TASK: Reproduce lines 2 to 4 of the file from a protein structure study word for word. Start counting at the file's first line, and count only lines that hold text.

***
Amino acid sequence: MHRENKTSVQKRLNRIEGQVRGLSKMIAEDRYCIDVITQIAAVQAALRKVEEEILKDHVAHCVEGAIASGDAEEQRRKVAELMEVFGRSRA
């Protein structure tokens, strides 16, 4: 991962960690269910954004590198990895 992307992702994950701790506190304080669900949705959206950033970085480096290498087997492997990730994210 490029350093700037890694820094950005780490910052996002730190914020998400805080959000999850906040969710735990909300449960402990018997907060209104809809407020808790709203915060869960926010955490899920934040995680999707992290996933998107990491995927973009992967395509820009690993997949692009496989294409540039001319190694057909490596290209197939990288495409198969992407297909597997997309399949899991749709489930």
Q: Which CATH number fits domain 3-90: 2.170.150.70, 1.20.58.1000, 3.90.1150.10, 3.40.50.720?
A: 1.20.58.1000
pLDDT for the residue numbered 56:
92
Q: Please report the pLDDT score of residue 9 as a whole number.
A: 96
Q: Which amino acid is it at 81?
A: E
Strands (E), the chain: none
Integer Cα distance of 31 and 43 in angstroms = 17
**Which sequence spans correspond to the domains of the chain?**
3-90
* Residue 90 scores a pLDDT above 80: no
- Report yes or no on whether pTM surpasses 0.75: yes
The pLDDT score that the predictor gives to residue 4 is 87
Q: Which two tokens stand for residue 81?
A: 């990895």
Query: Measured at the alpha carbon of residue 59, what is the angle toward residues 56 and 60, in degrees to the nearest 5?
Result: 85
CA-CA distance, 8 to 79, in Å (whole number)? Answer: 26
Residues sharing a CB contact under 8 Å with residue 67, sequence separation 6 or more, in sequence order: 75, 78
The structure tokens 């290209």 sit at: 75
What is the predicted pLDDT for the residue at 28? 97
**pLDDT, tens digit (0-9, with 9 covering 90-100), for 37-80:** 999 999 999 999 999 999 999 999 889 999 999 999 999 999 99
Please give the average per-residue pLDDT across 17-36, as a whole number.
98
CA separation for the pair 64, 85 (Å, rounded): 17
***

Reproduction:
């Protein structure tokens, strides 16, 4: 991962960690269910954004590198990895 992307992702994950701790506190304080669900949705959206950033970085480096290498087997492997990730994210 490029350093700037890694820094950005780490910052996002730190914020998400805080959000999850906040969710735990909300449960402990018997907060209104809809407020808790709203915060869960926010955490899920934040995680999707992290996933998107990491995927973009992967395509820009690993997949692009496989294409540039001319190694057909490596290209197939990288495409198969992407297909597997997309399949899991749709489930």
Q: Which CATH number fits domain 3-90: 2.170.150.70, 1.20.58.1000, 3.90.1150.10, 3.40.50.720?
A: 1.20.58.1000